ELLIJAY, Ga. – After a lightning strike hit the Central Office of Gilmer County Charter Schools damaging internal systems and losing power, back-up power in the form of a generator and UPS (Uninterruptible Power Supply) systems for emergency power proved to be insufficient for the office building. A situation that the Board of Education is looking to rectify after inspections have provided options for replacement.
The emergency power system could run operations for roughly 30 minutes, enough time to save projects and shut down or to active that generator to take over. However, the full generator is needed for anything longer. One of the issues the board has faced is that when the system tries to run off of the generator, the system overloads and shuts down. With new systems having been added over the years, the generator was never updated to keep up with the additional electrical draw.
Adding in a new 250 amp interface switch in addition to replacing the actual generator is just the start of the costs for the school. The switch itself will cost about $13,000 according to Superintendent Dr. Brian Ridley.
In addition to the switch, continuing supply chain issues mean that a replacement will take between nine and twelve months to get here. Dr. Ridley informed the board that one option for immediate response could be to rent a 250 amp generator for $2,800 a month until the replacement arrives. He quoted a total cost before installing anything new to be $47,396.
After that immediate response, purchasing a replacement for their current system included options for a 250 amp generator for $41,000 or an 800 amp generator for $141,000, but would also cost an additional amount to replace the switch again, this time for an 800 amp switch.
He went on to tell the board that he could get the switch and rental generator quickly and address the office’s back-up power issues. Additionally, all of the information given for replacement generators was an estimate from inspections and repairs. Ridley said the board would have to go through the process of a Request for Proposals (RFP), but wanted to offer the immediate information to the board so they would have an idea.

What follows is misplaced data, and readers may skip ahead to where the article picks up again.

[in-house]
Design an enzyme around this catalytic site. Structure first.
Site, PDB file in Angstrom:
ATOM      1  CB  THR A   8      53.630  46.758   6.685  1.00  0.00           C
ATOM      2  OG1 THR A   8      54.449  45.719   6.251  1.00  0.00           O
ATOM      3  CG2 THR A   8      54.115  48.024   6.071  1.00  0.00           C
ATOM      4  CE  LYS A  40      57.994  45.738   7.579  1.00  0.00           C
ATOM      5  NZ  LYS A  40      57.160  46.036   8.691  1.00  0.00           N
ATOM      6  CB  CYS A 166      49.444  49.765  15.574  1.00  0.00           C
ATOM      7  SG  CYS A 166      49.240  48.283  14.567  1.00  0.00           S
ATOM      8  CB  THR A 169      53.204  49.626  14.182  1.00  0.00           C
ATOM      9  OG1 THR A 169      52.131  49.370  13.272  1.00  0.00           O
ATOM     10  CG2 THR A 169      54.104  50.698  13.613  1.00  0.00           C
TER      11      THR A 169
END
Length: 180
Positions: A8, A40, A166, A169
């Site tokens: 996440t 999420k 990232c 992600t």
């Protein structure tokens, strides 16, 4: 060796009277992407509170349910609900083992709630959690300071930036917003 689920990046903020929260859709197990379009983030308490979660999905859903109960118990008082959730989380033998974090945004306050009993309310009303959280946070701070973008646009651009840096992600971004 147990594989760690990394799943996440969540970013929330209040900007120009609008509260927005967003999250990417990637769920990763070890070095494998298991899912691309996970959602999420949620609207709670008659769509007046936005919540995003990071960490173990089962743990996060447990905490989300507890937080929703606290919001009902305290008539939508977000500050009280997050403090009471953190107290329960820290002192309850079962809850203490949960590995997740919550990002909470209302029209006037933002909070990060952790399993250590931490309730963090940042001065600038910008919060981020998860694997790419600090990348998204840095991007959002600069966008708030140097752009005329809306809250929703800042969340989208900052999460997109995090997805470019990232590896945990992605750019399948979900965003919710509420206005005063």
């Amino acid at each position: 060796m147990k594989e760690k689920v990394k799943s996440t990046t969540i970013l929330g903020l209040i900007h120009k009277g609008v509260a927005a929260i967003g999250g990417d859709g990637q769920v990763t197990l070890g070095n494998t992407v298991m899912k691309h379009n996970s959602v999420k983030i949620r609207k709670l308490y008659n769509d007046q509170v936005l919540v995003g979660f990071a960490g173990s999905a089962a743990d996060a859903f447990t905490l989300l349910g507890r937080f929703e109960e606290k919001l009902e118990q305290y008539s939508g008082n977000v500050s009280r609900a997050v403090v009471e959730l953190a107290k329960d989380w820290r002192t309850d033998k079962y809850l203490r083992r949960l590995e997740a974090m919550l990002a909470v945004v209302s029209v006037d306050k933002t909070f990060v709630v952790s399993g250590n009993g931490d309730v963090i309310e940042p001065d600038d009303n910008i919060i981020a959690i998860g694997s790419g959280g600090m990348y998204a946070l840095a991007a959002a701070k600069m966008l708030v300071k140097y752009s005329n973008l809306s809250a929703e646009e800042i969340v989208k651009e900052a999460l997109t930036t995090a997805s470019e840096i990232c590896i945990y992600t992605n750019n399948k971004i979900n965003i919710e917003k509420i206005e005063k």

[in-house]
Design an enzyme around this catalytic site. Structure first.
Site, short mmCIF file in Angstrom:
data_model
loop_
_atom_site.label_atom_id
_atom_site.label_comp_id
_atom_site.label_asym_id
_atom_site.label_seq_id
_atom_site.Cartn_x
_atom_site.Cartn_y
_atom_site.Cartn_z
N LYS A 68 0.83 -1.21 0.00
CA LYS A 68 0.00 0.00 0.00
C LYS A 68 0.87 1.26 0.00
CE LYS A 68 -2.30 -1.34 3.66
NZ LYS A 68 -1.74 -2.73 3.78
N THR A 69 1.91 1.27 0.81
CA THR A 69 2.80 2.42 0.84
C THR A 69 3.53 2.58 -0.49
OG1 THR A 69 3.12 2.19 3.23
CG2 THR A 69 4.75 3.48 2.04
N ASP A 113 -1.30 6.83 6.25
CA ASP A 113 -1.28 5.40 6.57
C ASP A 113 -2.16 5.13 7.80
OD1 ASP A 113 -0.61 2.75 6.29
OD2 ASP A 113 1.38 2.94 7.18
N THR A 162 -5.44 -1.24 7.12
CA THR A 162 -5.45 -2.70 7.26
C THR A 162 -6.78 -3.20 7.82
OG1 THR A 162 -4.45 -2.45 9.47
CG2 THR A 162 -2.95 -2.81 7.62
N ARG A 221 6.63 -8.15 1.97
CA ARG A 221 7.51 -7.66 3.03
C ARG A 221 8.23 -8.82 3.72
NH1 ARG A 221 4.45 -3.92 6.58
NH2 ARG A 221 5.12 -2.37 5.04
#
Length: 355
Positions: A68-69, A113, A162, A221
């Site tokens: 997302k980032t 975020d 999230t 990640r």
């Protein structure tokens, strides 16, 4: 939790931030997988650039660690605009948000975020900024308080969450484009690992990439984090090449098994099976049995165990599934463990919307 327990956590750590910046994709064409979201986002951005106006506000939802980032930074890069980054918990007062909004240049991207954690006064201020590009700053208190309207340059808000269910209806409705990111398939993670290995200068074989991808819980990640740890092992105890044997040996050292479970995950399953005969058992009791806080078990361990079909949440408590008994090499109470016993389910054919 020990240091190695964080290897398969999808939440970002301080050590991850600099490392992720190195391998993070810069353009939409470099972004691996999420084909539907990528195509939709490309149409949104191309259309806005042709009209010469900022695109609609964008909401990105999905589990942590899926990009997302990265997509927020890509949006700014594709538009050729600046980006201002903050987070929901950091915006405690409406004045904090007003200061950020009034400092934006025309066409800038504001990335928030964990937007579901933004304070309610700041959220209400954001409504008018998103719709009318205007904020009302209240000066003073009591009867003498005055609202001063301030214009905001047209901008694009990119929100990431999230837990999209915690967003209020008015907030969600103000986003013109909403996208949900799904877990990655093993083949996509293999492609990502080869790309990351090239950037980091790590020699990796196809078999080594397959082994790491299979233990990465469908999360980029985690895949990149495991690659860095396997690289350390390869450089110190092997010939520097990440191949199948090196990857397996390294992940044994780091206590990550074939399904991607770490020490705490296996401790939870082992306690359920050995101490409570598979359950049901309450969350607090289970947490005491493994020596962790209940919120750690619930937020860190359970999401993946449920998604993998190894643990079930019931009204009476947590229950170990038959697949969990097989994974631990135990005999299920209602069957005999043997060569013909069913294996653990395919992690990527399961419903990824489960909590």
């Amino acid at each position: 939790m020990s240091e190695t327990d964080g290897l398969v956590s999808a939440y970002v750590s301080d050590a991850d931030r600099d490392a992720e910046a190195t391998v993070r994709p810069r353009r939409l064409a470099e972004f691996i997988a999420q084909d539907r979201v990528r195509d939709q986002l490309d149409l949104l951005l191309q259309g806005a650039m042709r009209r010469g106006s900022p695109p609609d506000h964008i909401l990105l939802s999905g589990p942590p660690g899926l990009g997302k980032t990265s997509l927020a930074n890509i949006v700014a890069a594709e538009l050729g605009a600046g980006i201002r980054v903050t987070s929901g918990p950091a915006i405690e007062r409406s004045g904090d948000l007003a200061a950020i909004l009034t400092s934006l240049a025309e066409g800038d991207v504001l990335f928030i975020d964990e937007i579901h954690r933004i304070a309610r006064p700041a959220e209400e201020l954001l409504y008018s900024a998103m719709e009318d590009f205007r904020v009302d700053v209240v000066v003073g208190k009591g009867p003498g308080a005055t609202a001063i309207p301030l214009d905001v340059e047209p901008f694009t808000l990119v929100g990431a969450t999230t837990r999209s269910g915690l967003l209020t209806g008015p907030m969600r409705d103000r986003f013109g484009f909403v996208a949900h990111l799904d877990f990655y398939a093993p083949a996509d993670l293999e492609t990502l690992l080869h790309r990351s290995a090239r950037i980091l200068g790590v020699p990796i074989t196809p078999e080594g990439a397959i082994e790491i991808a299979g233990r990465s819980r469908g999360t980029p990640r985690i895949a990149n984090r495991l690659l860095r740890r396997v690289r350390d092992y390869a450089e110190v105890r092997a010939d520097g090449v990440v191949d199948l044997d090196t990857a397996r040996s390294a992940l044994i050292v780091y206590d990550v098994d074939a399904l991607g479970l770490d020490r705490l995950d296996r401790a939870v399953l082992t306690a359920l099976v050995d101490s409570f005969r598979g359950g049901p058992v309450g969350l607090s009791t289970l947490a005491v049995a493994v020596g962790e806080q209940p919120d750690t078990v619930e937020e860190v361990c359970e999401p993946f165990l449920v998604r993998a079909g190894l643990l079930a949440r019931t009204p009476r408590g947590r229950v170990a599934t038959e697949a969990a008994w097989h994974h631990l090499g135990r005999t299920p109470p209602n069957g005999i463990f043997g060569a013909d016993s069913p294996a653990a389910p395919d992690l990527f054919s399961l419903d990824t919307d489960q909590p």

The board was also informed that the lightning strike also damaged the UPS Emergency power systems.
Boardmember Michael Parks stated, “If we’re going to spend that much money, we need to make sure it’s going to work for what its purpose is meant for.” Advising extra caution as the office already built over its capacity once. He said he didn’t want to gamble on a generator that will also immediately fail do to overload, suggesting that they take time to gauge and see exactly how much power the system needs.
The board was assured that the school system has already had two separate electrician’s look at the system and would also go through the RFP process, fully covering their bases on the office’s needs. The 250 amp generator would run the critical systems, but not the whole office. The 800 amp generator could support everything. No action was taken in the meeting as Ridley wanted to inform the board of the situation so they could ask questions and deliberate on the path to take.
The board also briefly discussed purchasing the additional generator to support their current one, operating both simultaneously. But as the school system continues collecting information, this and other options will be revisited in the October meetings.